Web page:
An organization of self-proclaimed alcoholics who meet frequently to reinforce their practice of abstinence.
Alcohol Withdrawal Delirium
An acute organic mental disorder induced by cessation or reduction in chronic alcohol consumption. Clinical characteristics include CONFUSION; DELUSIONS; vivid HALLUCINATIONS; TREMOR; agitation; insomnia; and signs of autonomic hyperactivity (e.g., elevated blood pressure and heart rate, dilated pupils, and diaphoresis). This condition may occasionally be fatal. It was formerly called delirium tremens. (From Adams et al., Principles of Neurology, 6th ed, p1175)
Antisocial Personality Disorder
A personality disorder whose essential feature is a pervasive pattern of disregard for, and violation of, the rights of others that begins in childhood or early adolescence and continues into adulthood. The individual must be at least age 18 and must have a history of some symptoms of CONDUCT DISORDER before age 15. (From DSM-IV, 1994)
The observable, measurable, and often pathological activity of an organism that portrays its inability to overcome a habit resulting in an insatiable craving for a substance or for performing certain acts. The addictive behavior includes the emotional and physical overdependence on the object of habit in increasing amount or frequency.
Substance Withdrawal Syndrome
Alcohol Amnestic Disorder
A mental disorder associated with chronic ethanol abuse (ALCOHOLISM) and nutritional deficiencies characterized by short term memory loss, confabulations, and disturbances of attention. (Adams et al., Principles of Neurology, 6th ed, p1139)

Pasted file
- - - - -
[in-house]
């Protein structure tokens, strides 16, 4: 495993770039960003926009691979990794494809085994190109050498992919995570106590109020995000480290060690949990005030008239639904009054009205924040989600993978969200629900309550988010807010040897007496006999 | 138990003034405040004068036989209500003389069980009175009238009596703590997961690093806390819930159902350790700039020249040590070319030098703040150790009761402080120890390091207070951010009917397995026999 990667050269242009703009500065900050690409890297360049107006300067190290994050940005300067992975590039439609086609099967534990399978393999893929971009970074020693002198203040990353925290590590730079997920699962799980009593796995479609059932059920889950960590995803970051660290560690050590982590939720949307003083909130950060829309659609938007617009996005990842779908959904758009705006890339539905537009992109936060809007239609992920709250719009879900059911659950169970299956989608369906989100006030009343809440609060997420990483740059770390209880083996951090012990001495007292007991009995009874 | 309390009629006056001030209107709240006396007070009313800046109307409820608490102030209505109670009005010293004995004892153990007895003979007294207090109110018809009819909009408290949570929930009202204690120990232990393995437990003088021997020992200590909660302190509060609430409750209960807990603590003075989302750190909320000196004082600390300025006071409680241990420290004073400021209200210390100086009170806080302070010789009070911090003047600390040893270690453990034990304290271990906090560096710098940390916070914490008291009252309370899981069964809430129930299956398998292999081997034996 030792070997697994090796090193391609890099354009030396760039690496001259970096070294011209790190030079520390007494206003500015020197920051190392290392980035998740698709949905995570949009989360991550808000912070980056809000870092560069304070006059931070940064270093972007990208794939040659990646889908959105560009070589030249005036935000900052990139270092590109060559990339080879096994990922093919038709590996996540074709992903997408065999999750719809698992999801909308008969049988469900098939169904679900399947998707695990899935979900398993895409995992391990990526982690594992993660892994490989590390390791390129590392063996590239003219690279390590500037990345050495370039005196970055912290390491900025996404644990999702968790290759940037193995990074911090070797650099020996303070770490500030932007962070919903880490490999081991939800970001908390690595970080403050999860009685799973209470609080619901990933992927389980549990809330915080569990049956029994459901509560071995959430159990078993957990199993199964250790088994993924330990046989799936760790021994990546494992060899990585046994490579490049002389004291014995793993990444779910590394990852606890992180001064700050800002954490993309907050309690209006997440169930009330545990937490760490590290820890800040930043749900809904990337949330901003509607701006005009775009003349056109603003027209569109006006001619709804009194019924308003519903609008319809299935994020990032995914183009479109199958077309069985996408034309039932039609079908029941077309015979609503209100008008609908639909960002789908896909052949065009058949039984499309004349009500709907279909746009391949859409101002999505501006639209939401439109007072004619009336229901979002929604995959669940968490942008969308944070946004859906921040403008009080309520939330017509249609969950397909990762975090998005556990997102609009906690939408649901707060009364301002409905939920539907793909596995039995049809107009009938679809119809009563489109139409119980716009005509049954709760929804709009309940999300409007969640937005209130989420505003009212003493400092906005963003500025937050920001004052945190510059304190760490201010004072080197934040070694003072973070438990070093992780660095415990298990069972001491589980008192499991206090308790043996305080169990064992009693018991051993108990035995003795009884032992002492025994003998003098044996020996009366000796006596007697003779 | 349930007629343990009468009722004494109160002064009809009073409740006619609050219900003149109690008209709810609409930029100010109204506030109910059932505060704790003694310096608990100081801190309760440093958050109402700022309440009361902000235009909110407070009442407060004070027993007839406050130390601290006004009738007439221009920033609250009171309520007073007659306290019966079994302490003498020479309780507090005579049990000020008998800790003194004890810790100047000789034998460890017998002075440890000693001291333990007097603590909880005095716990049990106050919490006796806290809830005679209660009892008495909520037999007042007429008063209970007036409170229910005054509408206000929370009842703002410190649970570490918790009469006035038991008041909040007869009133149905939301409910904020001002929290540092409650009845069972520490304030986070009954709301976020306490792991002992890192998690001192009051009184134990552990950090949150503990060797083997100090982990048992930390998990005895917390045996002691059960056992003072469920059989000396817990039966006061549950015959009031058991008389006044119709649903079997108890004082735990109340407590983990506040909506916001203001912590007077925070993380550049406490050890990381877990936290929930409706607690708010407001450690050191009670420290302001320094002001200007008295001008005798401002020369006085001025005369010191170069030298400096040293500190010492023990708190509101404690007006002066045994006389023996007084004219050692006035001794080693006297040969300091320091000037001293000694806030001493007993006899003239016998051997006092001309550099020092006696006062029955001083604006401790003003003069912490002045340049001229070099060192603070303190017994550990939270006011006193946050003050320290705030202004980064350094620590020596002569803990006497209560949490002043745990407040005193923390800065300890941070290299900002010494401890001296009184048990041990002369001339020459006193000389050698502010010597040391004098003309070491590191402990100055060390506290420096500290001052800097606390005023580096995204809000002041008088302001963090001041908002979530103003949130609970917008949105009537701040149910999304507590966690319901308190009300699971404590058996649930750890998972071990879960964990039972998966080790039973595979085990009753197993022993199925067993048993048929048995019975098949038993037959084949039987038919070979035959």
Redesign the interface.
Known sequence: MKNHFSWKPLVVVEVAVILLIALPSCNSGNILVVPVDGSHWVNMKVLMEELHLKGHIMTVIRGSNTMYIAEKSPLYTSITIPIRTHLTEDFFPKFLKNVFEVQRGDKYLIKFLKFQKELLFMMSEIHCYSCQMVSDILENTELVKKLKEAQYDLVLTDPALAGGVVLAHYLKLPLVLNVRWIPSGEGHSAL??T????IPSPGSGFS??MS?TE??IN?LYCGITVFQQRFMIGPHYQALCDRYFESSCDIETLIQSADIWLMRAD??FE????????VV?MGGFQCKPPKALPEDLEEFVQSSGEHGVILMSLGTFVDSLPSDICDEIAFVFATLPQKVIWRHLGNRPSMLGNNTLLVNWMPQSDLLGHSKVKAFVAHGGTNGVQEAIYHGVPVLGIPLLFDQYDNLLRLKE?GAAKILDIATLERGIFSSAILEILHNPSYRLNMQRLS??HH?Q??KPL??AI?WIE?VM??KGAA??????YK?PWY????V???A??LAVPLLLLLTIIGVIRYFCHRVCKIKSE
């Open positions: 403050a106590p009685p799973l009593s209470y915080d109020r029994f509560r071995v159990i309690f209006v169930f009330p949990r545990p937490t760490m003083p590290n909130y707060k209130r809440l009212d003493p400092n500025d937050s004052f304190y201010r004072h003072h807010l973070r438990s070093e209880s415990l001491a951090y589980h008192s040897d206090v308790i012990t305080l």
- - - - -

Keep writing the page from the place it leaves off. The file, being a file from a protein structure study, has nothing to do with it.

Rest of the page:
A group of mental disorders associated with organic brain damage and caused by poisoning from alcohol.
Alcohol Withdrawal Seizures
A condition where seizures occur in association with ethanol abuse (ALCOHOLISM) without other identifiable causes. Seizures usually occur within the first 6-48 hours after the cessation of alcohol intake, but may occur during periods of alcohol intoxication. Single generalized tonic-clonic motor seizures are the most common subtype, however, STATUS EPILEPTICUS may occur. (Adams et al., Principles of Neurology, 6th ed, p1174)
Genetic Predisposition to Disease
Liver Diseases, Alcoholic
Diagnostic and Statistical Manual of Mental Disorders
Lipomatosis, Multiple Symmetrical
The part of CENTRAL NERVOUS SYSTEM that is contained within the skull (CRANIUM). Arising from the NEURAL TUBE, the embryonic brain is comprised of three major parts including PROSENCEPHALON (the forebrain); MESENCEPHALON (the midbrain); and RHOMBENCEPHALON (the hindbrain). The developed brain consists of CEREBRUM; CEREBELLUM; and other structures in the BRAIN STEM.
A nutritional condition produced by a deficiency of THIAMINE in the diet, characterized by anorexia, irritability, and weight loss. Later, patients experience weakness, peripheral neuropathy, headache, and tachycardia. In addition to being caused by a poor diet, thiamine deficiency in the United States most commonly occurs as a result of alcoholism, since ethanol interferes with thiamine absorption. In countries relying on polished rice as a dietary staple, BERIBERI prevalence is very high. (From Cecil Textbook of Medicine, 19th ed, p1171)